Explain what it was like to work as well as live at Les Bains Douches, the abandoned space in central Paris where you created the incredible wooden globe.

The project took place from January to April. Les Bains Douches was a place in transition, a term to which I attach great importance, because in these places, the material takes the form of temporary release, it reasserts itself. It was a period during which I had no apartment, so being able to take residence within the space suited me very well. I stayed there for three months, and it worked out well as the place that spoke to me most, where I created my work, was on the same floor as my living space. What inspired me was the form of this sphere. The big advantage of this place was that it was official, no one could come to disturb me. There were just some limitations explained to me by the architect regarding certain things that shouldn’t be removed for the building to continue to standing. There was electricity and construction workers on hand to lend me equipment. The conditions were ideal, in a place in transition, with a real stamp. I could do whatever I wanted.

For me, it is not frustrating that my work will not be seen by the public. In a way, it’s a shame because we always want as many people as possible see our work. But at the same time, it is an introspective experience. There is this kind of paradox to work for your self, mixed with a desire for others to see it too. For me it was really a time of meditation, it was ritualistic going there every day. I was often alone, though I was helped by my friend Martin – otherwise I would never have been able to finish in time.

Thanks to graffiti, what I do is about the ephemeral and invisible, it is sometimes only through photography or video that my work be viewed by the public. It creates a mystical context, an environment where we do not know very well what is real and what is not . It is poetic, vaporous.

La Tour Paris 13 is a similar concept to Les Bains Douches. How do the two projects compare?

It was quite different, firstly because I only stayed a week at La Tour 13. You had to be effective because of the time constraint. For Les Bains Douches, I spent at least two months in the space continuously working.

When I arrived, the tower was already busy with other artists working, and I felt as though I’d arrived last. It was not the same atmosphere, it was summer, while Les Bains Douches was through the winter. The place consisted of small flats. It was not the same project, except that they were both places in transition, where we had a lot of creative freedom. The nature of the projects is the same, but the circumstances were completely different.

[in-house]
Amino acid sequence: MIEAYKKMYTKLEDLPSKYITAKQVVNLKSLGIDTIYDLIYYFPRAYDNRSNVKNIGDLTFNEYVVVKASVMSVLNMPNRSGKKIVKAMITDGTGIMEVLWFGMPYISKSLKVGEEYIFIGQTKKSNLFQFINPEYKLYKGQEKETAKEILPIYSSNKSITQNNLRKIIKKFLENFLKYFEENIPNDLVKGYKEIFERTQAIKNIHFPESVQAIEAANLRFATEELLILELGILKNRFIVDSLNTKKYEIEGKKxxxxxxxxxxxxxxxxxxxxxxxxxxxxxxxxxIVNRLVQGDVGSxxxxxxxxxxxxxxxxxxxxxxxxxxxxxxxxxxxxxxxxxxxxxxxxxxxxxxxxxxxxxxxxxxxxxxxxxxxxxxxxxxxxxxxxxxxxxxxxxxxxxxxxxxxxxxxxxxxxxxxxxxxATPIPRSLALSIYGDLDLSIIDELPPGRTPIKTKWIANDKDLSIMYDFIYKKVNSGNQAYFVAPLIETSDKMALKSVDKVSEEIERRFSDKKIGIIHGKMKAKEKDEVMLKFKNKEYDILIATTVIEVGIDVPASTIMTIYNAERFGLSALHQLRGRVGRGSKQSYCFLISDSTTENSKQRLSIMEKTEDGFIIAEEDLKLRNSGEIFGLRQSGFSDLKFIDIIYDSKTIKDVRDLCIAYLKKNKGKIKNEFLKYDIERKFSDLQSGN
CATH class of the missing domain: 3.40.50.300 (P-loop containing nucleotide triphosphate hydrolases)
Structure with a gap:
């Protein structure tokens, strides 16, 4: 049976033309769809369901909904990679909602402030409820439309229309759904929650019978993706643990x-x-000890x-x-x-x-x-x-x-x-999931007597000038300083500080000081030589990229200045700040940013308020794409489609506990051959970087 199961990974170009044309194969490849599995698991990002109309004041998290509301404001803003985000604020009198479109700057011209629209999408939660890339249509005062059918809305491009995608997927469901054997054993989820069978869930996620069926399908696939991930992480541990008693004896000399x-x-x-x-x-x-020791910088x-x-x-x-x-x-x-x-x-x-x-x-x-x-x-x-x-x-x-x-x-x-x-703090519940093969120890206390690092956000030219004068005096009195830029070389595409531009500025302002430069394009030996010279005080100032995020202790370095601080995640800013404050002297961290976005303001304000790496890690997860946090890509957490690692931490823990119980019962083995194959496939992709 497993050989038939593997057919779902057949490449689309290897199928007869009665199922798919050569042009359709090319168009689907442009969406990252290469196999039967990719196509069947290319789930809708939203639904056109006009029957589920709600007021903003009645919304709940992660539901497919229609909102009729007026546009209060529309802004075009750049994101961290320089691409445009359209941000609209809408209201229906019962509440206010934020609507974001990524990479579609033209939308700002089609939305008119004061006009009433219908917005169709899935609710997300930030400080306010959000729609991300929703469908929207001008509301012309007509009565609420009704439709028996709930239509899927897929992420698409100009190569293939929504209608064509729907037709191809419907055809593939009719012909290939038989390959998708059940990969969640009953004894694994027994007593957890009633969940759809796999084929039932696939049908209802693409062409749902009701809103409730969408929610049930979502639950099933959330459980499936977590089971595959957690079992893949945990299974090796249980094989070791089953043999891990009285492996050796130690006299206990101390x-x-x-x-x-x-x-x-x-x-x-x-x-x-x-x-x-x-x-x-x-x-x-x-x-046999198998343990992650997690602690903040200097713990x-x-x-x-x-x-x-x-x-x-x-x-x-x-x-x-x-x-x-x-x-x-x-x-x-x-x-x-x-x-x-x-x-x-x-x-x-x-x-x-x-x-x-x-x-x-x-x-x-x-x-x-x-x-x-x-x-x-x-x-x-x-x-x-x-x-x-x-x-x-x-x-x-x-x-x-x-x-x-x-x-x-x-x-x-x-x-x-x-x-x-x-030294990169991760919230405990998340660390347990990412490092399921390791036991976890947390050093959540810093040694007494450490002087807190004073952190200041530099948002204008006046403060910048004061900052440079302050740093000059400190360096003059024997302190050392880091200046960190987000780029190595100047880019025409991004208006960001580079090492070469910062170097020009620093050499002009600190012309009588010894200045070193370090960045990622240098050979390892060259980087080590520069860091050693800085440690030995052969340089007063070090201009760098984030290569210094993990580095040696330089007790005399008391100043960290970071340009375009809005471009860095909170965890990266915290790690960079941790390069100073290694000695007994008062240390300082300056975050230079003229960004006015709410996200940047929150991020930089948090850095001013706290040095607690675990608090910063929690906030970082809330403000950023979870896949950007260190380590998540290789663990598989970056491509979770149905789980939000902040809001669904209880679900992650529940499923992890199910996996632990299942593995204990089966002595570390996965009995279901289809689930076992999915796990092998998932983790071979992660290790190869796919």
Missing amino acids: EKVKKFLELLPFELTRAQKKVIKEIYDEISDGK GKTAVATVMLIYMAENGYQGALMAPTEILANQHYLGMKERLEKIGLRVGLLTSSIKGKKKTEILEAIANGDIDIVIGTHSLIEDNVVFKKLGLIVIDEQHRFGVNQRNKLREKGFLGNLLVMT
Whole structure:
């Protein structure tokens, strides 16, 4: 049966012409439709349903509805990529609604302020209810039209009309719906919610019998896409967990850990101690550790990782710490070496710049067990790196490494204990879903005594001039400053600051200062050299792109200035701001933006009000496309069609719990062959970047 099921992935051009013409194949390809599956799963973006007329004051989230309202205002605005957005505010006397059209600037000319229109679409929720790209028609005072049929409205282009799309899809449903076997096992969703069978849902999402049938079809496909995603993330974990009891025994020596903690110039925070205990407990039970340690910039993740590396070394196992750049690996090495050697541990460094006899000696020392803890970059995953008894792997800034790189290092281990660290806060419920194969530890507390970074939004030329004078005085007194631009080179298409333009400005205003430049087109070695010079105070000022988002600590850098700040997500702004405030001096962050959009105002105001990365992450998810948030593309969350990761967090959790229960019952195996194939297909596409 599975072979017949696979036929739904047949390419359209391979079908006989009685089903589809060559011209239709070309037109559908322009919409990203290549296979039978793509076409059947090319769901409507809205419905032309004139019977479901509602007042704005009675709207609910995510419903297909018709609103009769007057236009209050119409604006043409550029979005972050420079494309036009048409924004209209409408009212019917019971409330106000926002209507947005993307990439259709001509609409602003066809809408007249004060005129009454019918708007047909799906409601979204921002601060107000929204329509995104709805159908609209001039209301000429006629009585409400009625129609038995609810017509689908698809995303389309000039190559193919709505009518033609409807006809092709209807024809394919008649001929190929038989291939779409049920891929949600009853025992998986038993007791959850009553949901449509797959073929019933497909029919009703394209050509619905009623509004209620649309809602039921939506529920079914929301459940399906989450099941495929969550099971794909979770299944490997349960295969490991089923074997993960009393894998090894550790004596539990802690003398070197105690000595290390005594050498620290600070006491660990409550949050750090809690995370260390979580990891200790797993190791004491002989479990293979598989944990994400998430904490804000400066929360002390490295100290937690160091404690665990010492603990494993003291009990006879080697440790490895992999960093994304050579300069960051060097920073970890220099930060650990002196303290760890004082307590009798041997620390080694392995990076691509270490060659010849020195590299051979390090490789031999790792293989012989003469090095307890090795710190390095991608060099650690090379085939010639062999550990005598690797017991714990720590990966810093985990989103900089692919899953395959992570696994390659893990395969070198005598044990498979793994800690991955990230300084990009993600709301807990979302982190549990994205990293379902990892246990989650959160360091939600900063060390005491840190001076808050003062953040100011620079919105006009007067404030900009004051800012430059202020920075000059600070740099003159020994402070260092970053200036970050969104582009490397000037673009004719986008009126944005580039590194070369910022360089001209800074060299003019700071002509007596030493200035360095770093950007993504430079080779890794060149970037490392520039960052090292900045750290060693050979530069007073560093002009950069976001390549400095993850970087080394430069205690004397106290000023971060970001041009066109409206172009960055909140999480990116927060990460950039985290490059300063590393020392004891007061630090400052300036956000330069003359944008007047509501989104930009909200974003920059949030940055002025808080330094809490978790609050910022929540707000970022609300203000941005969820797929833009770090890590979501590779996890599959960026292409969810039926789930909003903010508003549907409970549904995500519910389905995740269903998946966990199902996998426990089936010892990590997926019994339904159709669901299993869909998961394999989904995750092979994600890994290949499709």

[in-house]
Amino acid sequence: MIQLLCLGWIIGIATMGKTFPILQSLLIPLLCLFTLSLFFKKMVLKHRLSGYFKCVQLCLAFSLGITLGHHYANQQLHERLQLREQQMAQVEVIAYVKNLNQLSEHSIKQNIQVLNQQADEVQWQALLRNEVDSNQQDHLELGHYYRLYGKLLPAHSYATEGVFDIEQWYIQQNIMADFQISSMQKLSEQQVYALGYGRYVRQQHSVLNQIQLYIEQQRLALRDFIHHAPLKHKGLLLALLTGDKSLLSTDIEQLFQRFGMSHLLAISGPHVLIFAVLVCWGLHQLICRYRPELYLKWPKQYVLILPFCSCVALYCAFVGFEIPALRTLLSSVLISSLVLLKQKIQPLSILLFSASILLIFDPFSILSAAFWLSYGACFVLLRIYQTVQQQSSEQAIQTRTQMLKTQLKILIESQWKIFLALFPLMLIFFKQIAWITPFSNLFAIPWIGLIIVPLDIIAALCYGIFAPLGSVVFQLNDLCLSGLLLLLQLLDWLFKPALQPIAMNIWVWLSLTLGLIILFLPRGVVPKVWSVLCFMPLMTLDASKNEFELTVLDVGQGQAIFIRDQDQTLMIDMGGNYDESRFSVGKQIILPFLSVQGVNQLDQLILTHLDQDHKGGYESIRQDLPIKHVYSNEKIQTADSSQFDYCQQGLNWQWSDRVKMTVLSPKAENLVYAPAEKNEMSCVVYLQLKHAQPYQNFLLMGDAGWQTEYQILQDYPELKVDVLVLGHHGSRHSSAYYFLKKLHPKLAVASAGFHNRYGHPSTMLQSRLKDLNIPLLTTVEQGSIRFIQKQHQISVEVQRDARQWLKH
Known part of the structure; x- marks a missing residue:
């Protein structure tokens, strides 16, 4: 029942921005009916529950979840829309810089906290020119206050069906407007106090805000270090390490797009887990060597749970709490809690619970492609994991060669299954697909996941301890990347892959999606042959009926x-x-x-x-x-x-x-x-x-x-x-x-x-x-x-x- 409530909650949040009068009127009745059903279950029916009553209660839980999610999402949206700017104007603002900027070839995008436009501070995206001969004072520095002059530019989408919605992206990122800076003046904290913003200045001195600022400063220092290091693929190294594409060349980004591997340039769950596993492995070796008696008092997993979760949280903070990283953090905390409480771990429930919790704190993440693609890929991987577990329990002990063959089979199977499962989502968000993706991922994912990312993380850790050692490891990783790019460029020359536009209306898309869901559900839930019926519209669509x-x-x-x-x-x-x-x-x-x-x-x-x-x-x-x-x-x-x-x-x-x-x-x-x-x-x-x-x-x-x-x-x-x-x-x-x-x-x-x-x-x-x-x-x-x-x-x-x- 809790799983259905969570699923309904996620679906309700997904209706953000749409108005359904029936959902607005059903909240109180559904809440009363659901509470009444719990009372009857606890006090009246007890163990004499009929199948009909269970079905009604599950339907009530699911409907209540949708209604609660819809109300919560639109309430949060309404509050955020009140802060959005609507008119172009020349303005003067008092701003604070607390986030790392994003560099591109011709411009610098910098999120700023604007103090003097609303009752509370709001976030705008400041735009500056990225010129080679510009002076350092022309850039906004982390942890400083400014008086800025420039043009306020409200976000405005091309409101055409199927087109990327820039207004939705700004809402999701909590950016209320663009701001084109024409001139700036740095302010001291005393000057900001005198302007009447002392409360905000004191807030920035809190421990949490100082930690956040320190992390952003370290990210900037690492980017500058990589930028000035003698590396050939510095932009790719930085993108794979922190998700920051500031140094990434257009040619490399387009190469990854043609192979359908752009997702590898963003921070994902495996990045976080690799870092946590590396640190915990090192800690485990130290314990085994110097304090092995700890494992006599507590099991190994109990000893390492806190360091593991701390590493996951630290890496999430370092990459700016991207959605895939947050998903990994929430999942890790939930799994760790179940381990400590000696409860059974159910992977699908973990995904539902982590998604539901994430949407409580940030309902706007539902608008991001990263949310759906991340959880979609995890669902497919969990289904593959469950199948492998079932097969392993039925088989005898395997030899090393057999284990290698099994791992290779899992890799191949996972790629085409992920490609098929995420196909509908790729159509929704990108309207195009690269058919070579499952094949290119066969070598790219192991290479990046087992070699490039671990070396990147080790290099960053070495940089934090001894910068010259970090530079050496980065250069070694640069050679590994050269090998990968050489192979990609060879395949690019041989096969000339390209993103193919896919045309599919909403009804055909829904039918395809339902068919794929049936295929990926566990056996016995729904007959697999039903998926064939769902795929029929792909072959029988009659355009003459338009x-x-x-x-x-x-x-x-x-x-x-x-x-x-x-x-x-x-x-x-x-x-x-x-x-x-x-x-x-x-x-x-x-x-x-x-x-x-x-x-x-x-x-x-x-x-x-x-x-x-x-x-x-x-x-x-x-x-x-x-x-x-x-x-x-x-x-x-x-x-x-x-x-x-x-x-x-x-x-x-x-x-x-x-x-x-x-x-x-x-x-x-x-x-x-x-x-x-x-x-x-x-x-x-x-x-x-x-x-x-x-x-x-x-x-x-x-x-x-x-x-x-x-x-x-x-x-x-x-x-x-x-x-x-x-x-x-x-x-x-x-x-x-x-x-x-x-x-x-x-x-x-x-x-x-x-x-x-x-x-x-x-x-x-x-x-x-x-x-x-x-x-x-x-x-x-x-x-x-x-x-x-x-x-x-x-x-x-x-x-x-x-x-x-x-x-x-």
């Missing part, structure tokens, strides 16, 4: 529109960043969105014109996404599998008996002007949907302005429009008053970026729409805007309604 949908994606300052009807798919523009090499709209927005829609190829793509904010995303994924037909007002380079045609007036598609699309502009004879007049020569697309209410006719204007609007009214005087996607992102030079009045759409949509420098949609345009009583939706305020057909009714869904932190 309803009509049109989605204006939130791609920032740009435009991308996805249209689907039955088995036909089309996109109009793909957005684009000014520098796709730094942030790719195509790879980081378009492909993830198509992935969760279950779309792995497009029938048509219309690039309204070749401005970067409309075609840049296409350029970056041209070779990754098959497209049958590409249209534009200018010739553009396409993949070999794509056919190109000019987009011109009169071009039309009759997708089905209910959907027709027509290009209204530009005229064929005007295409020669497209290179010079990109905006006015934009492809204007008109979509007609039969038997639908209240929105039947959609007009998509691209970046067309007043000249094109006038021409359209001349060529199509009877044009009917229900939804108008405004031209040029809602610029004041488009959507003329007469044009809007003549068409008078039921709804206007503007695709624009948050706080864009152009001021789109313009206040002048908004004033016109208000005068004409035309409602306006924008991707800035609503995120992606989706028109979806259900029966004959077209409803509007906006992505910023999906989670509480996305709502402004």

With La Tour 13, I did not immediately have a vision of what I wanted to do. It worried me more than Les Bains Douches. And, then I saw the doors in the hallway, and knew I’d found my material. I began to cut them without knowing what I was going to do, I just needed wanted to cut. I was guided by spontaneous intuitions and gradually it took shape. It was more about the experience, possibly my particular response to that space, with the unique conditions of the moment.

I arrived at the tower through Sowat, who put me in touch with gallerist, Medhi. I did not really have a choice of the room. There were many artists spending their time painting and Medhi wanted there to be more works using space, a little more interactive.

What are your plans for the coming year? Do you have any more projects ahead such as Les Bains Douches and La Tour 13?

There are no plans for these types of projects. I’ll work in more unusual places. I’ll probably make a presentation at Haute Ecole de Commerce on a piece of the barracks they were reluctant to destroy.

And, another project for a college in June 2014 in Orléans, through the Magda Danysz Gallery, an 800m² deconsecrated church dedicated to ephemeral art exhibitions. What is interesting is that it is not a mere exhibition in a gallery, I’ll have to spend time to install and create on the spot. It will be a total experience again. I’ve done the scouting phase and now I need to formally determine what I’ll do. Given the scale of the project, it’ll involve partnerships, there’ll be a budget, and people handling the administrative side, which will make my work easier. Especially because I may set the bar a little high.

You were involved in Lek & Sowat’s Mausolee project which was unveiled last year, as well as creating in the abandoned factory in Siberia. What draws you to create in these sorts of spaces?

It’s always interesting to see why these projects are emerging, interests, expectations. To me, these are also good opportunities to realise my creative vision. At the moment, I do not expose in galleries because I have nothing to explain. I work more in places where there is a context for what I mean by creation. I do not feel like selling my soul. For now, I will focus on the terms, places and people with which I agree.

For now, there is no urgency, because for me the creation is not just a source of income, an object for sale, although I’m starting to live from what I do. I prefer not to rush.

interview sambre le mur 13 paris graffiti wall tumblr_mvsdpusm9v1s60l3po10_1280


Visit SAMBRE’s site, here.

[This interview was initially published at on 22 February 2014]